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Articles to Stay Healthy.

Are they just teenagers or could it be depression?

By Jennie Bell, LMHC, Finger Lakes Community Health, an independent health care organization with 8 health centers in the region.

These last few years have been stressful for everyone, and that is especially true for teenagers. There has been an increase in mental health symptoms in teenagers across the country since the beginning of the pandemic, and oftentimes parents are struggling with how to help and where to turn. In this article, we will talk about the warning signs and treatment options that can be used to help manage symptoms.

Teenage years are often defined by angst, rebellion, and breaking away from family in a search for independence. But symptoms of depression are not “normal” in adolescent development and should be taken seriously.

Some signs of depression:

• Becoming withdrawn – A child that was once happy and outgoing might suddenly become more withdrawn and not engage in family conversations or activities.
• Isolating from family and friends – Similar to becoming withdrawn, a child might start isolating from family and might change their friend group.
• Failing grades – A sudden or gradual reduction in grade point average is something to talk with your teen about, as depression might be interfering with their ability to focus and concentrate on schoolwork.
• Mood swings- Extreme highs and lows or increases in crying or irritability are signs to look out for.
• Change in sleep patterns – An increase or decrease in sleep or having difficulty falling asleep or staying asleep can be signs of depression.
• Lack of interest in activities once enjoyed- this is something that is a hallmark of depression; the child that was once excited to play a sport or an instrument might now show little interest in that or doing anything.
• Increased use of social media – Statistics have shown the more a teen is using social media, the more apt they are to depression and self-harming activities. Parents should monitor their teen’s time on social media and be aware of the online risk factors such as websites and apps that promote self-harm and suicide.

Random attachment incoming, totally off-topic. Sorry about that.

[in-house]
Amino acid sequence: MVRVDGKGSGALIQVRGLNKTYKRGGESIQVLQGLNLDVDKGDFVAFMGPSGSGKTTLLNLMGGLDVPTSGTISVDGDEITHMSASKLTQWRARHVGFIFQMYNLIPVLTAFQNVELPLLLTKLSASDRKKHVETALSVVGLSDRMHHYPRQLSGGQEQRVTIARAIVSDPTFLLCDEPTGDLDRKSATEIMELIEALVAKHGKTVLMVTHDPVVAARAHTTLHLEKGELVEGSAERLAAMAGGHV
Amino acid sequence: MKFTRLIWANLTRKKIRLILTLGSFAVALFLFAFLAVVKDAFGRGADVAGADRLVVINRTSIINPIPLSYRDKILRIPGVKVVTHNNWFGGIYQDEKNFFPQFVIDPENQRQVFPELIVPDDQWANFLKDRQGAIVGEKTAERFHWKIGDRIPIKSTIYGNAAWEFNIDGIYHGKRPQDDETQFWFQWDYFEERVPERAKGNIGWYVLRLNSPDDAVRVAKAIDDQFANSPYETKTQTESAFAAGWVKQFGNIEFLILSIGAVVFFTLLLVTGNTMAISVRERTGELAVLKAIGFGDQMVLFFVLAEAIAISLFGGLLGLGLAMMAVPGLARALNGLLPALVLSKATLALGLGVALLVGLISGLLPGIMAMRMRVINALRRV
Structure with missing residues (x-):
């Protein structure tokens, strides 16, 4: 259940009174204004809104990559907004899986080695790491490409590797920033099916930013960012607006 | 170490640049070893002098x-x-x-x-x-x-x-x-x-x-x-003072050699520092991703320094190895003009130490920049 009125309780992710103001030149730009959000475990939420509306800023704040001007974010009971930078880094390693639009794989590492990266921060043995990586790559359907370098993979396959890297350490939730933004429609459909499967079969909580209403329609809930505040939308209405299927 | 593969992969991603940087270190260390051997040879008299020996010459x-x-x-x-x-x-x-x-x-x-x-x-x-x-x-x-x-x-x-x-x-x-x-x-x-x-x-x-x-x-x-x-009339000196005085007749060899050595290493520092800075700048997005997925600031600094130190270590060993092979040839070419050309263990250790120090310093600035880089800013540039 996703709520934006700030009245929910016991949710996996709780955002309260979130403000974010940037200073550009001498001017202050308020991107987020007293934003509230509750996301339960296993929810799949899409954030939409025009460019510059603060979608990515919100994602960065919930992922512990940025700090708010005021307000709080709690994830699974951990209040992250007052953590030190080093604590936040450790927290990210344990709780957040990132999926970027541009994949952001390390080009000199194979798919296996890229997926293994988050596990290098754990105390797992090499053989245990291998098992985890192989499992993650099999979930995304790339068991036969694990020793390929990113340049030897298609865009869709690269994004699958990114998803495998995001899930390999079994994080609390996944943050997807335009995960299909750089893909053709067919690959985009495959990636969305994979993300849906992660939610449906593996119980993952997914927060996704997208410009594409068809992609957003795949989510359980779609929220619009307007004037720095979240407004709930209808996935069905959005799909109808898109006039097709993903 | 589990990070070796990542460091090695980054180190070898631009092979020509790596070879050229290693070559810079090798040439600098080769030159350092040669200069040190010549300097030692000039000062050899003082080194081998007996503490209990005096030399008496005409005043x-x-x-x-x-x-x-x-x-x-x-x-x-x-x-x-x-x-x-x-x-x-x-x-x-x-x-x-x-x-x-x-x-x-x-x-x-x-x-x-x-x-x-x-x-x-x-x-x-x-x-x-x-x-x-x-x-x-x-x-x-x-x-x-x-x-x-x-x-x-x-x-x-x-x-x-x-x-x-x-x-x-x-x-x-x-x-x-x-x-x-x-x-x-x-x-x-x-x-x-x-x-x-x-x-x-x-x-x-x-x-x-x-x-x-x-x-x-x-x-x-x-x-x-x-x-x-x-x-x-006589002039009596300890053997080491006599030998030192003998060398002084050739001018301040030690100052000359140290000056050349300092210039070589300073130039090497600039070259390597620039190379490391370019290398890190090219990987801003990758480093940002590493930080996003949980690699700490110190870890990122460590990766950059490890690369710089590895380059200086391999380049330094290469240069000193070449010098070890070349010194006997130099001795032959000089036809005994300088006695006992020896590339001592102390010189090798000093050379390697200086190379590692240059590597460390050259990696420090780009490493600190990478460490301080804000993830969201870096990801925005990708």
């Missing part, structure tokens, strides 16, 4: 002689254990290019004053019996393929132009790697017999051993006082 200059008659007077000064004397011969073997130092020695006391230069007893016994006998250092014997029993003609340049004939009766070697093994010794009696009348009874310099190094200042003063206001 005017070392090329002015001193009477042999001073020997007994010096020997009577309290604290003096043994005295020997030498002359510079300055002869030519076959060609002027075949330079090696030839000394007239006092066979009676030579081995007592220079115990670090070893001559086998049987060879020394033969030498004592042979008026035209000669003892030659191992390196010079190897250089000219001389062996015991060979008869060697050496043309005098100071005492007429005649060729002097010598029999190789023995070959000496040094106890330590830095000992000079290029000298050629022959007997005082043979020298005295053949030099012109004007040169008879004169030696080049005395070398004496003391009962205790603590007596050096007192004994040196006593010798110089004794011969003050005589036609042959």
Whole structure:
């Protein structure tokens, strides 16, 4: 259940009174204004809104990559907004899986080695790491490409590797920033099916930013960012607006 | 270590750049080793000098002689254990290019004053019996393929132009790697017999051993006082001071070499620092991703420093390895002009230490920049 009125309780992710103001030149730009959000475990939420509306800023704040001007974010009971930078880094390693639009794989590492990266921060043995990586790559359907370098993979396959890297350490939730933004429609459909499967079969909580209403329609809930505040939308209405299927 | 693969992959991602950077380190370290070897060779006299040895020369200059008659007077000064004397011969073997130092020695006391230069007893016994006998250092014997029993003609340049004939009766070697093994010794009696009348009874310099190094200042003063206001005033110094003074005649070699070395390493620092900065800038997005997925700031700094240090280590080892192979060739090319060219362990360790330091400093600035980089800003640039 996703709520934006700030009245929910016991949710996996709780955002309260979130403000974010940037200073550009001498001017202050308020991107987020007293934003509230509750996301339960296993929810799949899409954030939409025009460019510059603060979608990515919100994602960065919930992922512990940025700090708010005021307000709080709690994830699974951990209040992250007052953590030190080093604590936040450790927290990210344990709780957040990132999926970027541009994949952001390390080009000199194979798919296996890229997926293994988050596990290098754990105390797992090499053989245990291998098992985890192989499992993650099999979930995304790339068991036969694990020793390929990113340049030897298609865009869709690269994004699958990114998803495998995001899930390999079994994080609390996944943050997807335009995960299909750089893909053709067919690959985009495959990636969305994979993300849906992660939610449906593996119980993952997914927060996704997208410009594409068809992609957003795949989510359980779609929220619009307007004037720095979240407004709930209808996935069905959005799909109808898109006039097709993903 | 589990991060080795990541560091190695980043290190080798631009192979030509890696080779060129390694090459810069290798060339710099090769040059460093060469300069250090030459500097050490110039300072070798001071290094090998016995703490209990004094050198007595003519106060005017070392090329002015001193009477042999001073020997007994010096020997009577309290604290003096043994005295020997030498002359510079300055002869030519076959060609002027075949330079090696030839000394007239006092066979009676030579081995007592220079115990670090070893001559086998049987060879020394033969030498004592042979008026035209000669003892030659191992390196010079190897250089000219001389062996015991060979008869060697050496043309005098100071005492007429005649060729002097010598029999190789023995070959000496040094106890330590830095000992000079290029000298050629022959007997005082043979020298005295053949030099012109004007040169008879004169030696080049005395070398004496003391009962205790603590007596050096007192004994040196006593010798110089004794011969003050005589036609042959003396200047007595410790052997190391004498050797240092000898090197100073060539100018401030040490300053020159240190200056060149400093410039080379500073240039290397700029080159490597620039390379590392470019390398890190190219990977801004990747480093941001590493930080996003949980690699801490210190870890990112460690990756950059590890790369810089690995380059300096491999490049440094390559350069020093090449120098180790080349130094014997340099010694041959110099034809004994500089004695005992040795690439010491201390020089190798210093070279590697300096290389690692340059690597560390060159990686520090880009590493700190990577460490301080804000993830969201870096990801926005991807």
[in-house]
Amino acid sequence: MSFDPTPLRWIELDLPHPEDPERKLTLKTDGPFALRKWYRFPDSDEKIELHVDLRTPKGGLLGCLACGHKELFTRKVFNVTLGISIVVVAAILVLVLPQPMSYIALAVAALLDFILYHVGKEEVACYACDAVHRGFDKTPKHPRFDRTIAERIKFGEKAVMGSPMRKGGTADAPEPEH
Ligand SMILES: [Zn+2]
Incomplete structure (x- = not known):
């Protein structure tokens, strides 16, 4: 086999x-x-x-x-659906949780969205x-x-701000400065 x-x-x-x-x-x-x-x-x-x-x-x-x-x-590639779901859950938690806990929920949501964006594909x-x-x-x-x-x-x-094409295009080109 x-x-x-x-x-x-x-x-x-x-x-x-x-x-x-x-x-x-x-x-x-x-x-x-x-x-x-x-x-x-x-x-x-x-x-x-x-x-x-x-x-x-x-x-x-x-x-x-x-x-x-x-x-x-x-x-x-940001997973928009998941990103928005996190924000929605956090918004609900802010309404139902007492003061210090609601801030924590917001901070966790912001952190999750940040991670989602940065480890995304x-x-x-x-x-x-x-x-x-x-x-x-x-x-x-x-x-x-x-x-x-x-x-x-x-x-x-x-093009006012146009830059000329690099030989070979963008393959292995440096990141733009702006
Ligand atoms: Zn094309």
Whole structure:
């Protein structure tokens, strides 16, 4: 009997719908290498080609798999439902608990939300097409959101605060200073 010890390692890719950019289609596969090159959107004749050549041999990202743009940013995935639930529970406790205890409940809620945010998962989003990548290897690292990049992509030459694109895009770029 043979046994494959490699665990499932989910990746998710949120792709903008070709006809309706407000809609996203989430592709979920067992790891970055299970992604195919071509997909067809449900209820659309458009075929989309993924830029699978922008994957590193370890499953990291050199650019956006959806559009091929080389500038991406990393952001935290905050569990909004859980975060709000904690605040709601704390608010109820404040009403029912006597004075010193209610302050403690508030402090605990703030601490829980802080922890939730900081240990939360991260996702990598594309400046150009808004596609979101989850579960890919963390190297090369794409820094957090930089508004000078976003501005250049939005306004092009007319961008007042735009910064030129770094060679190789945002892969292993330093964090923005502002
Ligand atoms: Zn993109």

• Possible drug and alcohol use – Sometimes a teen’s change in mood and increased depression is due to new use or chronic use of drugs and alcohol, including vaping or smoking cigarettes.

If you notice that a teen is experiencing any of these symptoms and seems to be showing signs of depression, there are resources available to help with the situation.

Valuable resources to help the teen you love

Teens can reach out to school counselors for urgent situations that they want to talk about in the moment. When symptoms are chronic and interfering with daily functioning, clinical counseling is helpful in talking with a therapist to learn new and positive ways of coping with depression. Teens can go to a local counseling clinic, or look online for telehealth therapy. Telehealth therapy is conducted by phone or online which often makes it easier.
Sometimes medication management is advised to help with symptoms and a doctor or psychiatrist referral is needed. Parents can advocate for their teens by enrolling them in counseling and taking an active role in being supportive and empathic when talking with their children about depression.

Seeing more severe signs?

If a teen is having more dangerous symptoms of depression such as talking or showing signs of self-harm and suicide, then immediate intervention is needed. A parent can take their child to the hospital to be evaluated by a mental health professional to see if a higher level of care is needed. This keeps the child safe and can get more intensive treatment. The National Suicide Prevention Lifeline number is 1-800-273-8255 and counselors are available 24/7 to help with crisis situations.

There are also online resources such as online support groups and chats. There are apps that teens can download on their smartphones that are helpful as well, such as Calm, Pacifica, and MoodPath. The National Alliance on Mental Illness (NAMI) is a great resource for family and friends of someone struggling with mental health and can offer support through local community groups as well as online groups, find out more at this website

If you think your teen is showing signs of depression and needs help, please reach out to their primary care provider, their school social worker, or look online for outpatient mental health services available in your area or teletherapy services. Locally, Finger Lakes Community Health offers behavioral health therapy in person, by phone, or online. Find out more at our website

 

 

 

 

 

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